Command Line Primer

Linux is a very powerful operating system. But a lot of its power comes from the command line interface (cli). Starting off the CLI is a bit more difficult because you have to know the commands in order to get started, but once you have a handle on the commands the CLI is no more difficult and sometimes easier than a gui interface. First lets look at how to browse the file system and look at the contents of the file system.

If you open the terminal and type pwd you should see /home/username. PWD essentially lists the working directory that you are currently in; by default the terminal dumps you in your home directory. Your home directory is often abbreviated by ~. Alright so if I wanted to browse to the root (/) directory I simply need to type in cd /. If you type that command in and then hit pwd it should look like this:

root@m-ubuntu-vm:/# cd /
root@m-ubuntu-vm:/# pwd

Once you are here type ls to list the directories.
root@m-ubuntu-vm:/# ls
bin dev initrd lib mnt proc srv tmp vmlinuz
boot etc initrd.img lost+found opt root sys usr vmlinuz.old
cdrom home initrd.img.old media output sbin test var

These are all files and directories found in the root (/) working directory (pwd). So now lets browse to /media:
root@m-ubuntu-vm:/# cd media/
root@m-ubuntu-vm:/media# ls
cdrom cdrom0 floppy floppy0

If you want to backup a directory you type cd .. which in this case would move you back out of /media to /.

If you want to get back home all you need to do is type cd ~:
root@m-ubuntu-vm:/media# cd ~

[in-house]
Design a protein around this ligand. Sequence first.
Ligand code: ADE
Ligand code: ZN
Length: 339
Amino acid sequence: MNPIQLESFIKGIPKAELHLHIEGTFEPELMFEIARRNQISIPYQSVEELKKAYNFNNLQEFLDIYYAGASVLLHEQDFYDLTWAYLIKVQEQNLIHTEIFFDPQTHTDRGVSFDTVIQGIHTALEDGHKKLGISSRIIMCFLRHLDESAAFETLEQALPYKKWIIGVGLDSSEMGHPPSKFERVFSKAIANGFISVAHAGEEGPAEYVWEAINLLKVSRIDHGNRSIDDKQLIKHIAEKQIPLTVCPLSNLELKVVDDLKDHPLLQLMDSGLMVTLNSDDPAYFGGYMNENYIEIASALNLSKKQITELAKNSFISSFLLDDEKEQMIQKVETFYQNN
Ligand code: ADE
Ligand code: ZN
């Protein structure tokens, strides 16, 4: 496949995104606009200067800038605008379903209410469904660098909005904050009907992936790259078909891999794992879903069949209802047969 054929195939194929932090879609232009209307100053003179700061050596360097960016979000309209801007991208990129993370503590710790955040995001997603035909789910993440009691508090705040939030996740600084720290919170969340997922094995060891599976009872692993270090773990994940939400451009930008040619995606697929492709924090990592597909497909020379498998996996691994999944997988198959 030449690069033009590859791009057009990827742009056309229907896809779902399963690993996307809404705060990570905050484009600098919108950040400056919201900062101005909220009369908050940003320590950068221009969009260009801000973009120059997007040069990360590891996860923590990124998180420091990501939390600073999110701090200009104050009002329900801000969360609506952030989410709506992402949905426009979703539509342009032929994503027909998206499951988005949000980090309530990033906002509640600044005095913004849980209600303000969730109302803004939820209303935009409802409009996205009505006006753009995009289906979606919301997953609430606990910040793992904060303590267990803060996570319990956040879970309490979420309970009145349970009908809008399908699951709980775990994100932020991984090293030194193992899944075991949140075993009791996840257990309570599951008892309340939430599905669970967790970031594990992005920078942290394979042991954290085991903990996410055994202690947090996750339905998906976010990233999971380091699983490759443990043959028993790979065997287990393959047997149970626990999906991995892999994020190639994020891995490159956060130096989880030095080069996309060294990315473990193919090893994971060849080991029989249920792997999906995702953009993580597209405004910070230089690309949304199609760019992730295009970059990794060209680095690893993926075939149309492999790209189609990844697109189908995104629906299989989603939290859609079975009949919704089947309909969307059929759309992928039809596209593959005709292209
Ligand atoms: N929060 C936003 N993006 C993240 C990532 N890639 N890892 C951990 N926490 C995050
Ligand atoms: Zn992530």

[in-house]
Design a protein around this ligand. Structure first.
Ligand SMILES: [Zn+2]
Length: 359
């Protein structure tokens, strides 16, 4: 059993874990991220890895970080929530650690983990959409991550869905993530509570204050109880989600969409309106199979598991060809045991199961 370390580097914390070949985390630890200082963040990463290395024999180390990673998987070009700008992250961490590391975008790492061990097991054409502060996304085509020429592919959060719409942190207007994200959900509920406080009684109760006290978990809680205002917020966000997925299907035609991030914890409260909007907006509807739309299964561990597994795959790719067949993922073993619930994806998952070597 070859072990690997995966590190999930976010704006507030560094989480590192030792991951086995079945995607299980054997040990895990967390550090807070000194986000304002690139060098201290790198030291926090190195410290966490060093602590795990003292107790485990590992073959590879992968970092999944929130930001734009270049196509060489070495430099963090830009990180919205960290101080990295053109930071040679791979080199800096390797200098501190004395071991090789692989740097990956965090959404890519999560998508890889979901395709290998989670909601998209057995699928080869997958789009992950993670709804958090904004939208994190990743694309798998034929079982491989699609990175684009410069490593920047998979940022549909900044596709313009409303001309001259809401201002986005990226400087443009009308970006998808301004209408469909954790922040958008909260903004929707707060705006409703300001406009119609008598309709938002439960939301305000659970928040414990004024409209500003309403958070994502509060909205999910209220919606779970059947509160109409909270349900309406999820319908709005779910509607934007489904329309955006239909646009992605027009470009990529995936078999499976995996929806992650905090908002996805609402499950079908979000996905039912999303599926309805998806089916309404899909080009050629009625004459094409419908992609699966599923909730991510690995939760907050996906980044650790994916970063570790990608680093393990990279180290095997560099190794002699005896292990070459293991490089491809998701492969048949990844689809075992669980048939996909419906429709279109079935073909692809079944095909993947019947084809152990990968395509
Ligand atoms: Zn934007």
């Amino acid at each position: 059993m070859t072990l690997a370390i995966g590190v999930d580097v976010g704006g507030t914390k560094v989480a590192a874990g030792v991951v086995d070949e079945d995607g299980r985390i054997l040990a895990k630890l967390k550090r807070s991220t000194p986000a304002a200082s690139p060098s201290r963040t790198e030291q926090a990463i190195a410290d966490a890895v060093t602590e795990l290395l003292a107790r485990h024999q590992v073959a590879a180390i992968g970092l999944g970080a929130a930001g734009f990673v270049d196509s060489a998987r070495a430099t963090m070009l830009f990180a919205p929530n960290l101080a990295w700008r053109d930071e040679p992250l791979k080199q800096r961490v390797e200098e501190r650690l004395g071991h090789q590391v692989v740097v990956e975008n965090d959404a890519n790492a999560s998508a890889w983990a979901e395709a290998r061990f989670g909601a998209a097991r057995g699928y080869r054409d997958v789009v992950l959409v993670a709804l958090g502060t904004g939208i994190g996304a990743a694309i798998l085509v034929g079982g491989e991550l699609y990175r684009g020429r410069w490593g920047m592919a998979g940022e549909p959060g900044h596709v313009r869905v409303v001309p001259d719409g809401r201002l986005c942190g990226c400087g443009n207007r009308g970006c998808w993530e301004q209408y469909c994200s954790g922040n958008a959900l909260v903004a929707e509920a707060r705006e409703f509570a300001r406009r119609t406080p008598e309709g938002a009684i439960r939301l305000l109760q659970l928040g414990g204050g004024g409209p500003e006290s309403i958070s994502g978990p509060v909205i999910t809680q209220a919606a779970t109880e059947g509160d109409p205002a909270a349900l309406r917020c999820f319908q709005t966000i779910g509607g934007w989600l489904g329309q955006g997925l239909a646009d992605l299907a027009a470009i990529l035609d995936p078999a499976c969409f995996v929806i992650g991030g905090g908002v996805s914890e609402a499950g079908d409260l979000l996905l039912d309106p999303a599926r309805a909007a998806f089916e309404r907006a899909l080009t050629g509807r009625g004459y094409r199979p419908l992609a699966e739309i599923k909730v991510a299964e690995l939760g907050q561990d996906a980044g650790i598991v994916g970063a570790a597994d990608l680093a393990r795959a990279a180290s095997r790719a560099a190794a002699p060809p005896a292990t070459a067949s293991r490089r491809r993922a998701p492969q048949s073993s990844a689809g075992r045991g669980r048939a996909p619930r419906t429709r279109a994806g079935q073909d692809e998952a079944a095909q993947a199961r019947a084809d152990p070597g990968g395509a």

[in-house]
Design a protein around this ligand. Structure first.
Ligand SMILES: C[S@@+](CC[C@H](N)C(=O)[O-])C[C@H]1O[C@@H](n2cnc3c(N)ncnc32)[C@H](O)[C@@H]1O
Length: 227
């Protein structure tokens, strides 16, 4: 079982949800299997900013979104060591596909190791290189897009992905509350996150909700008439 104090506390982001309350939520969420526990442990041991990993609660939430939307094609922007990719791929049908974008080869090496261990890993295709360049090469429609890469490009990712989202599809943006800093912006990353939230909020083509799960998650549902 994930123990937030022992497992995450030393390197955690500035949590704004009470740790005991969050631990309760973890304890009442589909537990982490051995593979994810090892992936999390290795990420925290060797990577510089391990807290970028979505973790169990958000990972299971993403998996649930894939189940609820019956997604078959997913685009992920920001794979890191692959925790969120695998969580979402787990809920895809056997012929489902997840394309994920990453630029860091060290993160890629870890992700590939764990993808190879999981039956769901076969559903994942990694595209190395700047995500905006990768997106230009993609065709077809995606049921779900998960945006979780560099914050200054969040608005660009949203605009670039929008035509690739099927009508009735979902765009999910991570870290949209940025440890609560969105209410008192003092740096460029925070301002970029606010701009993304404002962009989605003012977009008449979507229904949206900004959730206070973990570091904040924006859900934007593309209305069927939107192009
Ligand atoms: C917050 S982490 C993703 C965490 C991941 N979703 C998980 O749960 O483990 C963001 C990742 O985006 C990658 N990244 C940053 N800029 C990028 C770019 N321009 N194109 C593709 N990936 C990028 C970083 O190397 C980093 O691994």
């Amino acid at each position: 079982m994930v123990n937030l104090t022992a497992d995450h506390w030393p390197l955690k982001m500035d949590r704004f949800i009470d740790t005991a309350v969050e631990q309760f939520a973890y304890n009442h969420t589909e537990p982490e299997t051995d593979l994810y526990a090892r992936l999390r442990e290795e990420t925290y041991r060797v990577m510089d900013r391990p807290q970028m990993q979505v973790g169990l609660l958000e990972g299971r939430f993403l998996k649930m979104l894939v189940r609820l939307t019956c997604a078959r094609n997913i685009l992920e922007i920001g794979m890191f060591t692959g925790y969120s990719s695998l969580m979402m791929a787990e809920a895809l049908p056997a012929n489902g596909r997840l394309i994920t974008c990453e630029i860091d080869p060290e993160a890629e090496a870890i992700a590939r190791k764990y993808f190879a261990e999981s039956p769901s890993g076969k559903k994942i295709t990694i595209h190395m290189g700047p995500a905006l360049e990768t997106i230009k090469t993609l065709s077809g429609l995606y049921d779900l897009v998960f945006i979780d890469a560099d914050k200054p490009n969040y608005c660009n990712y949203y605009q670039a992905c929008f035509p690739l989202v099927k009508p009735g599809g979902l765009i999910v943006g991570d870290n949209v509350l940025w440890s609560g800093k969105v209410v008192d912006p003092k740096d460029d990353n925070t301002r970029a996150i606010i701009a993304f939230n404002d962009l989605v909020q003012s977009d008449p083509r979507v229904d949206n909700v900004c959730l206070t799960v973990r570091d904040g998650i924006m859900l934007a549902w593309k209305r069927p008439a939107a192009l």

root@m-ubuntu-vm:~# pwd

Now that you are in your home directory type ls. You should see a few folders maybe Desktop and Documents. Now type again ls -a. Now you should see a bunch of files that begin with a period. This is because Linux/Unix/Mac is set to hide .file by default. If you browse a Unix file system on Windows or if a Unix machine browses a Windows file system Windows will see the .file. Most of these commands are capable of doing more than I am showing you. So another good command to know is the man command. Man stands for manual. Most commands have a manual so for ls if I type man ls it should return all of the options, syntax and documentation on that command. Try it out with these commands to get a feel for how a man page is laid out.

This gives you the extreme basics of browsing the Unix file system. There will be plenty more down the road, but if you are looking for immediate help I recommend ss64. This site lists a good portion of the default Unix/Linux/Mac commands available with their man pages and some good examples. Tuxfiles has a great tutorial as well as Linuxcommand.

The Linux CLI certainly has a higher learning curve than a simple gui, but I promise you that once you take the time to learn it you’ll find it far easier and more reliable.

Explore posts in the same categories: IT, Linux

One Comment on “Command Line Primer”

  1. […] protocol that allows remote accsess to Unix/Linux/Mac machines. If you know your way around the CLI in Linux than being able to access a machine remotely becomes very handy as you can do anything via […]

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